Equal Justice Initiative Publishes Recommendations to Make Juries More Representative

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Equal Justice Initiative Publishes Recommendations to Make Juries More Representative

The Equal Justice Initiative this week released “Race and the Jury – Illegal Discrimination in Jury Selection.” This skillfully written report, featuring stunning and historic photographs, recounts the history of racial discrimination in jury selection, as well as makes concrete recommendations to policy makers and court actors for removing procedural barriers to achieve representative juries.  These include:

  • Retroactively applying the Batson doctrine to cases decided before Batson
  • Using more inclusive and accurate summoning lists
  • Providing greater accountability for racially discriminatory jury selection by creating civil remedies against violators
  • Authorizing appellate courts to review Batson violation claims de novo

Legislator Proposes to Increase Juror Stipends to $100 per Day – Privately Funded

California Assembly Member Phil Ting introduced Bill No. AB1452 to create a pilot project in 2022 to improve the pay for low-income jurors from $15 to $100.  The program is called “Be the Jury” and would be funded by philanthropic groups.  The San Francisco Chronicle reports (subscription required) the bill is aimed at improving racial and economic diversity in juries.  The Chronicle references data showing approximately 3,800 low-income San Francisco residents were excused from jury service due to financial hardship in 2018 and 2019.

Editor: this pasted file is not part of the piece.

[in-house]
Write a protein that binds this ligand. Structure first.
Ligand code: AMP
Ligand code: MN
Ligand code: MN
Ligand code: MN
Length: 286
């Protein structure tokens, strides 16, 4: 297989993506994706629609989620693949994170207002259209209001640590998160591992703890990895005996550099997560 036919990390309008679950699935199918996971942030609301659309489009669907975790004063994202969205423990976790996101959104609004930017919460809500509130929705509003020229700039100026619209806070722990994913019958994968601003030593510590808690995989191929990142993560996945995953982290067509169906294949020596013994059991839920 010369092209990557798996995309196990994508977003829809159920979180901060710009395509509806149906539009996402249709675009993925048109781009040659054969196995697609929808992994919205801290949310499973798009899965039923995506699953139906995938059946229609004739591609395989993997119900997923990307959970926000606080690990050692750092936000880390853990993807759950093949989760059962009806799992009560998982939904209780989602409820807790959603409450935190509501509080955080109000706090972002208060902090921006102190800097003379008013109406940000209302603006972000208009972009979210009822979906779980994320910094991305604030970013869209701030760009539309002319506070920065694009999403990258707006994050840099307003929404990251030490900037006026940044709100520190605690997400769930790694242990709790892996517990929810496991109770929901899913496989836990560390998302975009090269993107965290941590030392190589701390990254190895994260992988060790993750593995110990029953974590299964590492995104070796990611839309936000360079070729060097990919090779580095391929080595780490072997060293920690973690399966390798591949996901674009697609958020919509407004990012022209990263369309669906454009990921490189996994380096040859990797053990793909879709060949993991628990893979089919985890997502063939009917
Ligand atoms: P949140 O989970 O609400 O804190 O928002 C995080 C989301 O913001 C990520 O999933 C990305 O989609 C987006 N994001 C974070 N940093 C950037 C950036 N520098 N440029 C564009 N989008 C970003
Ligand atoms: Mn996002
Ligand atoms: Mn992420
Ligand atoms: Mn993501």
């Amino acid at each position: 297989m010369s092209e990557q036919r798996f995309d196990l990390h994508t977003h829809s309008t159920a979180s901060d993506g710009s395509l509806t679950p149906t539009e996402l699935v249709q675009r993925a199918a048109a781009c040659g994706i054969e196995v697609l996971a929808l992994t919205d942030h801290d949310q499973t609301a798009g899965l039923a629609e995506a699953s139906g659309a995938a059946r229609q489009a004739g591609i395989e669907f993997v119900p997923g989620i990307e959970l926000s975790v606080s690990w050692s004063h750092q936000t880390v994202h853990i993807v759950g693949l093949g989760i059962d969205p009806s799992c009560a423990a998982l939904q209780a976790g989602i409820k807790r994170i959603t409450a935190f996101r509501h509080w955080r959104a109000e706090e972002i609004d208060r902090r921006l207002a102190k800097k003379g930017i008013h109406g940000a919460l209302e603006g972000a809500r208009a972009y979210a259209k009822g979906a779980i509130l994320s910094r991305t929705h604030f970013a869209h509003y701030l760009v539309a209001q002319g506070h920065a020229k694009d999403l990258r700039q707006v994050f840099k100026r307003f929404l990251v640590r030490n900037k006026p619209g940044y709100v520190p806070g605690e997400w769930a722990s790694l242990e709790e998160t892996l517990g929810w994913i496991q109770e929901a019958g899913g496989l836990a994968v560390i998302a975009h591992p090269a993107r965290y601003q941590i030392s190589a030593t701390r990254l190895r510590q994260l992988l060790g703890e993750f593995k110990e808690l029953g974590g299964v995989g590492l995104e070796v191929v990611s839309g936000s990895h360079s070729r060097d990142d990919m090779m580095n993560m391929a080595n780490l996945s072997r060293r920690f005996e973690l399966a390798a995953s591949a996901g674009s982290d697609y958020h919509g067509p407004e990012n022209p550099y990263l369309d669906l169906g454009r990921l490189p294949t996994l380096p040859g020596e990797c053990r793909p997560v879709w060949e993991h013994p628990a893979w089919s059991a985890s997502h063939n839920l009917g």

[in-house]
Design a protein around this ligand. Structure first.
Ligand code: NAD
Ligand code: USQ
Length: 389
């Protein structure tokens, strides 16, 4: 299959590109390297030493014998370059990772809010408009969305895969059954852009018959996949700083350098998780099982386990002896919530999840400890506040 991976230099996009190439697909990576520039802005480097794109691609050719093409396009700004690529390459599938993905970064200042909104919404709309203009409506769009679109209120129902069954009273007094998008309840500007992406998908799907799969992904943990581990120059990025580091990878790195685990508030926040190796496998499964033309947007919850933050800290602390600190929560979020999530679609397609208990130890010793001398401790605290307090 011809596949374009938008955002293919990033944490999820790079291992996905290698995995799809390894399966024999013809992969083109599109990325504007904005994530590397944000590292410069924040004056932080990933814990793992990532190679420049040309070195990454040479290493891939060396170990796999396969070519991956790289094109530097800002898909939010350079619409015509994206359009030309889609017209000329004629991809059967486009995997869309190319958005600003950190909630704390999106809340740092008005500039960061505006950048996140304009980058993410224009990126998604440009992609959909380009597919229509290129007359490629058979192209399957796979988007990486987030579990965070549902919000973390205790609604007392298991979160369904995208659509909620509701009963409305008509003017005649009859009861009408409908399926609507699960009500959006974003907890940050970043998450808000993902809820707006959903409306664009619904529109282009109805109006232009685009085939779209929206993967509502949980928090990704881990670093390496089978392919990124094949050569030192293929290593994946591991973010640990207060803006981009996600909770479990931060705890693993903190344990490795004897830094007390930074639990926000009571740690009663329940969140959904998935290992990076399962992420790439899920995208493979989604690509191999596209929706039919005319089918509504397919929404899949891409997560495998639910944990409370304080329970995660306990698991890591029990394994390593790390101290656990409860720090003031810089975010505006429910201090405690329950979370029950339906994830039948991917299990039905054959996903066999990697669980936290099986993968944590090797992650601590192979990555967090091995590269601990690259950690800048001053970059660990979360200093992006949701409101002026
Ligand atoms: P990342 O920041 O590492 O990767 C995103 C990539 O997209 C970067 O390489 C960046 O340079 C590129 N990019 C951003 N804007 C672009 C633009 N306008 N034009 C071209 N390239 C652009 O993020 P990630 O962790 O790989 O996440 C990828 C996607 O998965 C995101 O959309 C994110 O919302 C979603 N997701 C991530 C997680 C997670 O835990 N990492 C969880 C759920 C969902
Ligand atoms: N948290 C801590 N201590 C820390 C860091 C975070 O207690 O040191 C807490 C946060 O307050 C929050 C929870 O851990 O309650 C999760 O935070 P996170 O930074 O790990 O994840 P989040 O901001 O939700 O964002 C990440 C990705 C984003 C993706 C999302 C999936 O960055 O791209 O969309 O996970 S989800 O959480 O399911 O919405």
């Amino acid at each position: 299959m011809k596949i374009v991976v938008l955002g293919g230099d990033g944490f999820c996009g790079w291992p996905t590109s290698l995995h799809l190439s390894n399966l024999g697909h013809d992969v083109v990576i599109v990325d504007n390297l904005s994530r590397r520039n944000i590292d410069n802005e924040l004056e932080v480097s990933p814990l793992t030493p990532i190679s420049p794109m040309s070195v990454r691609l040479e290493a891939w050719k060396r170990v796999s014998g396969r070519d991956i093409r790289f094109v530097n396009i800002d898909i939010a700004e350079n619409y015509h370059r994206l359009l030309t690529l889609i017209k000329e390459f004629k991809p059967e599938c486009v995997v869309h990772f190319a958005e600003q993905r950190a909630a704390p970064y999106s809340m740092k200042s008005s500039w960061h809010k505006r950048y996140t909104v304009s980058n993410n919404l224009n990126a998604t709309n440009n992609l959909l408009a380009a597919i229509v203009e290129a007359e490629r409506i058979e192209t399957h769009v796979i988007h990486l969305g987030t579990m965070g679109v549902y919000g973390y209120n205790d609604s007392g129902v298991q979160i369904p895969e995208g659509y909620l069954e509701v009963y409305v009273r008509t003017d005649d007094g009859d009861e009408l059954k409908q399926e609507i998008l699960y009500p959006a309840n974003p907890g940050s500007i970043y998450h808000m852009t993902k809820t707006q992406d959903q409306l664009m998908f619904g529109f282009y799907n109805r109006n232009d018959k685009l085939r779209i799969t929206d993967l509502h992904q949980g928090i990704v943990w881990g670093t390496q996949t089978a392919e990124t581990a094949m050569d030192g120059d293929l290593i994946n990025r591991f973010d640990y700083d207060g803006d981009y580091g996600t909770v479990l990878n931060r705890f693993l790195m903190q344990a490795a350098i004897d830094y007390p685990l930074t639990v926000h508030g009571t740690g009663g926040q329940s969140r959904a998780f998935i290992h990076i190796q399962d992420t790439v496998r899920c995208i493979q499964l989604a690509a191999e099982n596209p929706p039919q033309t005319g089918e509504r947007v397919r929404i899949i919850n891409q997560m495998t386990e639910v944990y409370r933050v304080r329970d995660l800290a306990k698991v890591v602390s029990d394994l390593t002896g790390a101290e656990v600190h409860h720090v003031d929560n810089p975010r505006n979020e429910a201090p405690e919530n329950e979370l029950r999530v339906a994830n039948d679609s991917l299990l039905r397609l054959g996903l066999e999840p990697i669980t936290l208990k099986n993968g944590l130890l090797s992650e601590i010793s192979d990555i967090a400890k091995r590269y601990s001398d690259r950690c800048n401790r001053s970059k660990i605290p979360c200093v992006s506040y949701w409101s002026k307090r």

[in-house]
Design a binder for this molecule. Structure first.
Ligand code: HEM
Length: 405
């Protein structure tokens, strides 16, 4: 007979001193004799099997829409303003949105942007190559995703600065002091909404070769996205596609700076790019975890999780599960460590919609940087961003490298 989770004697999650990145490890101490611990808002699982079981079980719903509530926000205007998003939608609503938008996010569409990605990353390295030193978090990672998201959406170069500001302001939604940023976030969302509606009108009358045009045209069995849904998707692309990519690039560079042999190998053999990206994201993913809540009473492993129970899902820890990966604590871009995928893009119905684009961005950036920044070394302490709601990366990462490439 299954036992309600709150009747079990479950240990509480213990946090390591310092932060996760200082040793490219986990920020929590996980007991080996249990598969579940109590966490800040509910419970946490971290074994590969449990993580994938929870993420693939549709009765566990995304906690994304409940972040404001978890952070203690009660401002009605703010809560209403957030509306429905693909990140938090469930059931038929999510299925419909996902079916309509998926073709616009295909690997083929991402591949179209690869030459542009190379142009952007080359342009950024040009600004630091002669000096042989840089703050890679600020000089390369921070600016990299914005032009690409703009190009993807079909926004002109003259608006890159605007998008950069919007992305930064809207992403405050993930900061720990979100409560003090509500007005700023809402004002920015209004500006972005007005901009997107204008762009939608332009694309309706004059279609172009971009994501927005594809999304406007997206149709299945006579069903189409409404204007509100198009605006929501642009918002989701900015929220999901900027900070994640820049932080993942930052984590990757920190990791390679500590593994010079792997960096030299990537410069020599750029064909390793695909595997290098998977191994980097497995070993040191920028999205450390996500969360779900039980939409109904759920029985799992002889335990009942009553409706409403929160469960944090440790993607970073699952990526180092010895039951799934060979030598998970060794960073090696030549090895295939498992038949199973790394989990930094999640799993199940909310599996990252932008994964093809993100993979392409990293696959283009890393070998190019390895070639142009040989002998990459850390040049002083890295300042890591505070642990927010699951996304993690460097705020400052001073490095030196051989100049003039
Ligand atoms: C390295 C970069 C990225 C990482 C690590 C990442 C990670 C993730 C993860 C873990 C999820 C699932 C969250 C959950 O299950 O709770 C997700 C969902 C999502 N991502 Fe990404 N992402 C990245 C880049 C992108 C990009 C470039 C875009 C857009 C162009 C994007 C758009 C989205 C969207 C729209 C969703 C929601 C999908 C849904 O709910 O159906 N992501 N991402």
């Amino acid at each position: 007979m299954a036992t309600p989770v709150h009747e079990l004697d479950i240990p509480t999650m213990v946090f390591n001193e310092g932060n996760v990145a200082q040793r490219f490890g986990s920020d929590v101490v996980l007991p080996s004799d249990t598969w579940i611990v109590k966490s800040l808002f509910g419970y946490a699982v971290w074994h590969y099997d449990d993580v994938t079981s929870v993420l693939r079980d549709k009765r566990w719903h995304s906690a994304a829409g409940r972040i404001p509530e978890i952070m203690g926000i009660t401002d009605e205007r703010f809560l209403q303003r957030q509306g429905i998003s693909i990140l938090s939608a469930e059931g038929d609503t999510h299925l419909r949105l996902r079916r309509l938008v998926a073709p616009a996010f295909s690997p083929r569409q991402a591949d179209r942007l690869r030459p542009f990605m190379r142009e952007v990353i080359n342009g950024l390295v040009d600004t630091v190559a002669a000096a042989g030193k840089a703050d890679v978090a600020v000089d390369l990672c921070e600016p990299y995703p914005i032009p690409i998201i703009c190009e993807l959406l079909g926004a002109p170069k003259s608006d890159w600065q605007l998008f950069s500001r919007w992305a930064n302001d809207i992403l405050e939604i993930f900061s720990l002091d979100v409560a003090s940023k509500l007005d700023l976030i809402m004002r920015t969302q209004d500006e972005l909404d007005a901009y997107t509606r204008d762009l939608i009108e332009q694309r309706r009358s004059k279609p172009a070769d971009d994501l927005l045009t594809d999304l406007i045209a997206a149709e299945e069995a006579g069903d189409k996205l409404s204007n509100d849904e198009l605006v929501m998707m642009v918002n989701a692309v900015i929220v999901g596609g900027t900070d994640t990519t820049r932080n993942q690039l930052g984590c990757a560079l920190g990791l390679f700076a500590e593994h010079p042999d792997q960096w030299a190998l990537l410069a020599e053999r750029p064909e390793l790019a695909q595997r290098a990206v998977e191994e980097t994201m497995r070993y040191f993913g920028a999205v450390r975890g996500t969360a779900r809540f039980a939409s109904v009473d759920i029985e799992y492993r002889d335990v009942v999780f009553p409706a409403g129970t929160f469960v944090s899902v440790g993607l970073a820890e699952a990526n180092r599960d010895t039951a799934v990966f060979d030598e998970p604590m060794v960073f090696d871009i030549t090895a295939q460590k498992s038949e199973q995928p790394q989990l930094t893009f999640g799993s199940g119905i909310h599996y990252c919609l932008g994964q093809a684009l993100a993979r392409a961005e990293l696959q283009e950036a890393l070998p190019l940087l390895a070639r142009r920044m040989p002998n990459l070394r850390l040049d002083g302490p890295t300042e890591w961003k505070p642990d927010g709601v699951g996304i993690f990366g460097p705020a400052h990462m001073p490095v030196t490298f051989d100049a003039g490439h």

40,000 Citizens Petition New York DA to Review Murder Conviction Based on Prosecutorial Misconduct

Courts may not be the sole source for reversing a jury verdict.  The Queens Chronicle describes how New York citizens have mustered an effort to convince Queens District Attorney Melinda Katz to dig into the conduct of Brad Leventhal the trial prosecutor in State v. Chanel Lewis.  Coincidentally, Leventhal resigned after his misconduct led to a verdict reversal in another case.

Polling Shows Judicial Support for Implicit Bias Instructions to Juries

The National Judicial College asked judges whether they believe judicial education can help rid the courts of implicit bias.  Two-thirds of the 489 respondents said yes.

After Court Staffer Tests Positive for COVID, All Court Employees Must Test for Infection

5 On Your Side in St. Louis reports all employees who interact with jurors at the Carnahan Courthouse must be vaccinated against COVID-19.  A recent order from Presiding Judge Michael Stelzer would apply to judges, clerks, members of the sheriff's department, IT staff, members of the Jury Supervisor's Office, and court reporters.  The new policy was prompted after a sheriff’s deputy overseeing a jury selection last week tested positive for COVID.